ARBIL, Iraq (AFP) – Iraq’s Kurdistan regional government announced four more oil deals on Wednesday, ignoring criticism from Prime Minister Nuri al-Maliki’s government and Washington of its unilateral sell-off of the country’s national resources.
The regional government said in a statement posted on its website that it had approved four contracts for exploration and production, and had sanctioned two new refinery projects in the Kurdish autonomous region in northern Iraq.
Two production sharing contracts (PSCs) had already been signed, with Heritage Energy Middle East Limited, a subsidiary of the Canadian firm Heritage Oil and Gas, and Perenco S.A., an affiliate of a French company of the same name.
“The signing of the other two PSCs with experienced international companies will follow shortly,” the statement said.
“The combined initial exploration investments on the upstream projects will be approximately 500 million dollars,” it said. “Estimated investment on the two new refinery projects will be around 300 million dollars.”
The Iraqi oil ministry did not immediately comment on the new deals, but Amira al-Baldawi, an MP from the Shiite coalition that leads the Baghdad government and a member of parliament’s economic, investment and reconstruction committee, said the contracts were “illegal”.
“They shall be revised and put in accordance to the Iraqi law and the new oil law to be issued,” Baldawi told AFP.
Last month, the Kurdish regional government inked a deal with Texas-based Hunt Oil Company, the first major oil contract awarded by any Iraqi authority to a foreign company since UN sanctions were imposed on Iraq when it invaded Kuwait in 1990.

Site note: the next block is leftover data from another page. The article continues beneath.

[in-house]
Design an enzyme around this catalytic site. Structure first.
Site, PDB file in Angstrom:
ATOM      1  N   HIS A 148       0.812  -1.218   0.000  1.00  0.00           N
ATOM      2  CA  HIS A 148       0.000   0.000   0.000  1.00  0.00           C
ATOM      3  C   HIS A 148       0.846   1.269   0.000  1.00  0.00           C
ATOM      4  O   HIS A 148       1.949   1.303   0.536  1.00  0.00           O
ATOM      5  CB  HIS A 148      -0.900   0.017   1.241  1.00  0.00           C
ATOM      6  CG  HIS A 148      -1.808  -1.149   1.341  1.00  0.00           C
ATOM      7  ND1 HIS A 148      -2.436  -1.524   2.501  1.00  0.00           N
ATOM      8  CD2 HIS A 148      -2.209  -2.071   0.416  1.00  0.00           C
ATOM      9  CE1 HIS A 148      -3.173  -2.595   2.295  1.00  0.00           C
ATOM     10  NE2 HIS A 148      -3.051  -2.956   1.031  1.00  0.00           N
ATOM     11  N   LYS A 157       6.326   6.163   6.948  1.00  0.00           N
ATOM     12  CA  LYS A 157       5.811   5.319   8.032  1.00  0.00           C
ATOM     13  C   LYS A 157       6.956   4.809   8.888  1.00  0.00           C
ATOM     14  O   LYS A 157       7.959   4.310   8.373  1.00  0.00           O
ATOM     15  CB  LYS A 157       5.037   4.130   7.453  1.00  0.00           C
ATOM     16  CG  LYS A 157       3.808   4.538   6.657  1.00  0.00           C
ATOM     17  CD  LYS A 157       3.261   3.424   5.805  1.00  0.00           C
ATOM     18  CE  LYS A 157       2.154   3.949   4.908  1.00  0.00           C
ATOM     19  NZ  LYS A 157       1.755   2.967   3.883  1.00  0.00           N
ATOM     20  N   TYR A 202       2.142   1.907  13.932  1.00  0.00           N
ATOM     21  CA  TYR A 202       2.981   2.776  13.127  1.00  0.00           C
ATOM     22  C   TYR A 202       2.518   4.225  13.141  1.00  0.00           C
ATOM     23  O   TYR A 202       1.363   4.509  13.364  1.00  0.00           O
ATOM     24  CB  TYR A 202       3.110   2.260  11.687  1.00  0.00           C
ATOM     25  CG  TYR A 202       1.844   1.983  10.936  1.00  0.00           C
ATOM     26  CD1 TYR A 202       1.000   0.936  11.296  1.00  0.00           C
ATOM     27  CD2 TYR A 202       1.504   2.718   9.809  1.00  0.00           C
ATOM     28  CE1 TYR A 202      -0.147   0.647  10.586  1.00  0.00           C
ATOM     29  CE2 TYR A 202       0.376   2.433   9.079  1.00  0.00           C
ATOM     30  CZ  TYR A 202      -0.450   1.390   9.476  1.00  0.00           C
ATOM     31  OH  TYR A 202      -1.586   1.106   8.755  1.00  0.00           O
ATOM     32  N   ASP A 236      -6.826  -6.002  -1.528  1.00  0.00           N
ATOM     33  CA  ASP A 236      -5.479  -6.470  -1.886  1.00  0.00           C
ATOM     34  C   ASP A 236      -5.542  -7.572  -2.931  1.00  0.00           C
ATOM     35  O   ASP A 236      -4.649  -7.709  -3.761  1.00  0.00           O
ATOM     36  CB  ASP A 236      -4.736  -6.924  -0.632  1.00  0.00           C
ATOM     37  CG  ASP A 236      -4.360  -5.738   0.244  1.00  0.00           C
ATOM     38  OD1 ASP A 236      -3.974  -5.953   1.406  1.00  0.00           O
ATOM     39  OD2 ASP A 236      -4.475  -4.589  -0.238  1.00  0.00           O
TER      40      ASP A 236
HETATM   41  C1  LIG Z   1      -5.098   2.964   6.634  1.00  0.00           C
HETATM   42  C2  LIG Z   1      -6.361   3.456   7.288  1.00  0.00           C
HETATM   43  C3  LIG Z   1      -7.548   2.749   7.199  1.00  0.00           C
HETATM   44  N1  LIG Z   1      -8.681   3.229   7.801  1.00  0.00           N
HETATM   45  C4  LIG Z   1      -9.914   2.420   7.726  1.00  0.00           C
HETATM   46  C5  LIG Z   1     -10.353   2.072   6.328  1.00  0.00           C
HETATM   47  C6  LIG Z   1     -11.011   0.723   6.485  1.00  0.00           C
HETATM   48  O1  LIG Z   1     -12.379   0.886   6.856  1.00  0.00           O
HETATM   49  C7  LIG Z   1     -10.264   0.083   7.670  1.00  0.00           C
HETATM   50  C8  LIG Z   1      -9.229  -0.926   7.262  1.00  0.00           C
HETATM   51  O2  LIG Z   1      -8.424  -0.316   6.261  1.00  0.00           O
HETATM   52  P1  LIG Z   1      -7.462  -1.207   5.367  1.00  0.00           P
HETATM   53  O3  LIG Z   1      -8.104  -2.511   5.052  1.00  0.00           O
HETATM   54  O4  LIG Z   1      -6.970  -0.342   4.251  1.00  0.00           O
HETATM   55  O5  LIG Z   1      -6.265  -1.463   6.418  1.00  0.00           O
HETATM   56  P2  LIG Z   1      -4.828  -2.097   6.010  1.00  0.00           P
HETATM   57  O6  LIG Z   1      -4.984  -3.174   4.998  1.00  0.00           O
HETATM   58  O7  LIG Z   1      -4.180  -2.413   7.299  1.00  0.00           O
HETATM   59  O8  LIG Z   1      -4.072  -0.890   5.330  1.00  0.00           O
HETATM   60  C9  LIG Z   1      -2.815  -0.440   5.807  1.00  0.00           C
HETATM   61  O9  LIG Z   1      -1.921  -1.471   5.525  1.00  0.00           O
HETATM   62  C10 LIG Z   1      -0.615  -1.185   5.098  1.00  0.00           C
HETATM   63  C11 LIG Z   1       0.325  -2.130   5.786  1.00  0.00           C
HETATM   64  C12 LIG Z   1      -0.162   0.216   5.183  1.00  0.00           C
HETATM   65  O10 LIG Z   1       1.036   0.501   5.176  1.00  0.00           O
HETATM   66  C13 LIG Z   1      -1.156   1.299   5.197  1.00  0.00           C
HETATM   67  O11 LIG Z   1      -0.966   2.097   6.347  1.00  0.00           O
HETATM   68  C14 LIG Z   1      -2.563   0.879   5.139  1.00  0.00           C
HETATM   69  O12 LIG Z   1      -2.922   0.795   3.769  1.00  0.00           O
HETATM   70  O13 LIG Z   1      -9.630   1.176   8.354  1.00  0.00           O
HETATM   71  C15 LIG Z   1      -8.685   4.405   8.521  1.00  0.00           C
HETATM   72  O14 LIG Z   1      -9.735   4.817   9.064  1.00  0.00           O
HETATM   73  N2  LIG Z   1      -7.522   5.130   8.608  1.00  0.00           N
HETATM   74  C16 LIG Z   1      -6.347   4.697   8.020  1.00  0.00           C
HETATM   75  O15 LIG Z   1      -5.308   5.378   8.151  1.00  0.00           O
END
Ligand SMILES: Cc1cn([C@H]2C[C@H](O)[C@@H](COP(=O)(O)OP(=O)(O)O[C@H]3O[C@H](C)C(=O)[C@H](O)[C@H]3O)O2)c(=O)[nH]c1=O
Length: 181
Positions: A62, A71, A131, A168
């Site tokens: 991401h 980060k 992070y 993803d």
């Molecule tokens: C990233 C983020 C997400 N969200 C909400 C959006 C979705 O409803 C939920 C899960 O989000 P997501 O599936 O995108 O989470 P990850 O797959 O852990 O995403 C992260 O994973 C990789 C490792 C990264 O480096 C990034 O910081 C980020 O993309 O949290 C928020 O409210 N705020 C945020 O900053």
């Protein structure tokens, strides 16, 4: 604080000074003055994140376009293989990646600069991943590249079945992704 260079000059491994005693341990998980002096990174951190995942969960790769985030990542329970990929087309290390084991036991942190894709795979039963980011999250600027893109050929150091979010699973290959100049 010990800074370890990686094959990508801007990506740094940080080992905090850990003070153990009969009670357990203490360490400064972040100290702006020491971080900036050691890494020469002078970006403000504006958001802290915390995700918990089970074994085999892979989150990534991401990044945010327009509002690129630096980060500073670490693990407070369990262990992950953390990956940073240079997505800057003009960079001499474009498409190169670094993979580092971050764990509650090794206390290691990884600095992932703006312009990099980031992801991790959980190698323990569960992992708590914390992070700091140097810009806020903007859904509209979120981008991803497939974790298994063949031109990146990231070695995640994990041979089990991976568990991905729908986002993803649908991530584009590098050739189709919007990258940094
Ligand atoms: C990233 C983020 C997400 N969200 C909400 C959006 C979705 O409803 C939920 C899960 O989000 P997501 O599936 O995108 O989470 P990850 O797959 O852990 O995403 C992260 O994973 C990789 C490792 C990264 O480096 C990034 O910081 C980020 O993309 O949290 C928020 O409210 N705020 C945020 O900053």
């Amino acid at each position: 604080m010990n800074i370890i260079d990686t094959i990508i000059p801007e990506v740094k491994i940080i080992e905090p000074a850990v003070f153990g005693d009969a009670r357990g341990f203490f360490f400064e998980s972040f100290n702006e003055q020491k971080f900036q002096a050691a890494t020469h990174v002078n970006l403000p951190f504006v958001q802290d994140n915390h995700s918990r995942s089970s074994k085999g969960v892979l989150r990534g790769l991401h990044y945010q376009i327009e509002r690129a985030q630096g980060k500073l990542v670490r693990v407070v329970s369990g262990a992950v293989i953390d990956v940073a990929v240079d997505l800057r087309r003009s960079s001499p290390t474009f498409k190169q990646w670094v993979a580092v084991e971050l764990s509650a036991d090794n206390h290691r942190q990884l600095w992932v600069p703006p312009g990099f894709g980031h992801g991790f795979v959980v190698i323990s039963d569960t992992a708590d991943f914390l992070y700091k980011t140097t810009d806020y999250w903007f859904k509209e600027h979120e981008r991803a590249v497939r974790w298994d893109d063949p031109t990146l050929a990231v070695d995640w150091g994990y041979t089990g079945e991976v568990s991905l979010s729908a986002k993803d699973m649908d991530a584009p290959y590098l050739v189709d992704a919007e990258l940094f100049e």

No details of the contract have been released but the Dallas company, which has links with the White House, has said it would begin its geological survey work in Dohuk province, near the border with Turkey, by the end of this year and would begin drilling in 2008.
The Hunt contract was declared “illegal” by Iraqi Oil Minister Hussein al-Shahristani, sparking a war of words with the regional government, which told him to stop meddling in its affairs and said he should be sacked.
A senior US embassy official speaking on condition of anonymity told reporters in Baghdad last week that the Hunt deal had “needlessly elevated tensions” in Iraq.
He said the US State Department had advised Hunt to wait for the Iraqi parliament to pass a much-anticipated oil and gas law that will establish a new framework for the industry but that it went ahead anyway.
The bill opens up the long state-dominated oil and gas sector to foreign investment and provides assurances that receipts will be shared equally between Iraq’s 18 provinces, a measure Washington regards as key to efforts to reconcile the country’s divided communities.
The draft law was approved by Prime Minister Nuri al-Maliki’s national unity cabinet in July but faces a tough passage in the 275-seat parliament, where the Kurdish bloc has 53 seats.
The bill is expected to come before MPs this month.
The regional government said the PSC awarded to Energy Middle East Limited covered the 1,015 square kilometre (406 square mile) Miran Block in Sulaimaniyah Governorate, “a low to medium exploration risk area.”
Perenco S.A. has been awarded the “high exploration risk” 2,358 square kilometre (943 square mile) Sindi/Amedi Block along the Turkish border.
Regional natural resources minister Ashti Hawrami defended the deals.
“The projects will spearhead international investment for the whole of Iraq,” he said.
“New oil discoveries under these contracts will bring large amounts of new revenues for sharing throughout Iraq.”